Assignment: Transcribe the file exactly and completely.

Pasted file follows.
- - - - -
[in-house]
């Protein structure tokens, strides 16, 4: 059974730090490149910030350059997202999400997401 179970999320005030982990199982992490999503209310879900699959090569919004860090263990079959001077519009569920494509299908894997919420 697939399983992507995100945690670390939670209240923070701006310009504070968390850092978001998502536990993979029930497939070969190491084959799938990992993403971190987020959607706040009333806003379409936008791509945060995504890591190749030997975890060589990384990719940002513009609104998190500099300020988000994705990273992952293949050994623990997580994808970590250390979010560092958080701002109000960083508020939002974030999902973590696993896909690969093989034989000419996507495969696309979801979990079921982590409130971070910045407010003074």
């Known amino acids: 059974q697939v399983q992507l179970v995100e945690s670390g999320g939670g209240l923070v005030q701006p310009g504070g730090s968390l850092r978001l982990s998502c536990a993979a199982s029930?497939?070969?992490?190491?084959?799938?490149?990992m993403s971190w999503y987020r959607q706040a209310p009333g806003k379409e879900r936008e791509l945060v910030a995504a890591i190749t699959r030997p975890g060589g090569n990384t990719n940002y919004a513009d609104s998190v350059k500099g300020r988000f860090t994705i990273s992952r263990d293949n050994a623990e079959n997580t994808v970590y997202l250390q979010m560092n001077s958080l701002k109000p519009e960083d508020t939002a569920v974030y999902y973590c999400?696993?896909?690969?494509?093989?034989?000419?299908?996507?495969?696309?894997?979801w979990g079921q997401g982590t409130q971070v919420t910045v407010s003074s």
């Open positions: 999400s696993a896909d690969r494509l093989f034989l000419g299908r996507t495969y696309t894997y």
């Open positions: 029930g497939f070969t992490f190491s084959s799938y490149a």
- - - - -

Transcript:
[in-house]
């Protein structure tokens, strides 16, 4: 059974730090490149910030350059997202999400997401 179970999320005030982990199982992490999503209310879900699959090569919004860090263990079959001077519009569920494509299908894997919420 697939399983992507995100945690670390939670209240923070701006310009504070968390850092978001998502536990993979029930497939070969190491084959799938990992993403971190987020959607706040009333806003379409936008791509945060995504890591190749030997975890060589990384990719940002513009609104998190500099300020988000994705990273992952293949050994623990997580994808970590250390979010560092958080701002109000960083508020939002974030999902973590696993896909690969093989034989000419996507495969696309979801979990079921982590409130971070910045407010003074």
């Known amino acids: 059974q697939v399983q992507l179970v995100e945690s670390g999320g939670g209240l923070v005030q701006p310009g504070g730090s968390l850092r978001l982990s998502c536990a993979a199982s029930?497939?070969?992490?190491?084959?799938?490149?990992m993403s971190w999503y987020r959607q706040a209310p009333g806003k379409e879900r936008e791509l945060v910030a995504a890591i190749t699959r030997p975890g060589g090569n990384t990719n940002y919004a513009d609104s998190v350059k500099g300020r988000f860090t994705i990273s992952r263990d293949n050994a623990e079959n997580t994808v970590y997202l250390q979010m560092n001077s958080l701002k109000p519009e960083d508020t939002a569920v974030y999902y973590c999400?696993?896909?690969?494509?093989?034989?000419?299908?996507?495969?696309?894997?979801w979990g079921q997401g982590t409130q971070v919420t910045v407010s003074s």
């Open positions: 999400s696993a896909d690969r494509l093989f034989l000419g299908r996507t495969y696309t894997y």
């Open positions: 029930g497939f070969t992490f190491s084959s799938y490149a």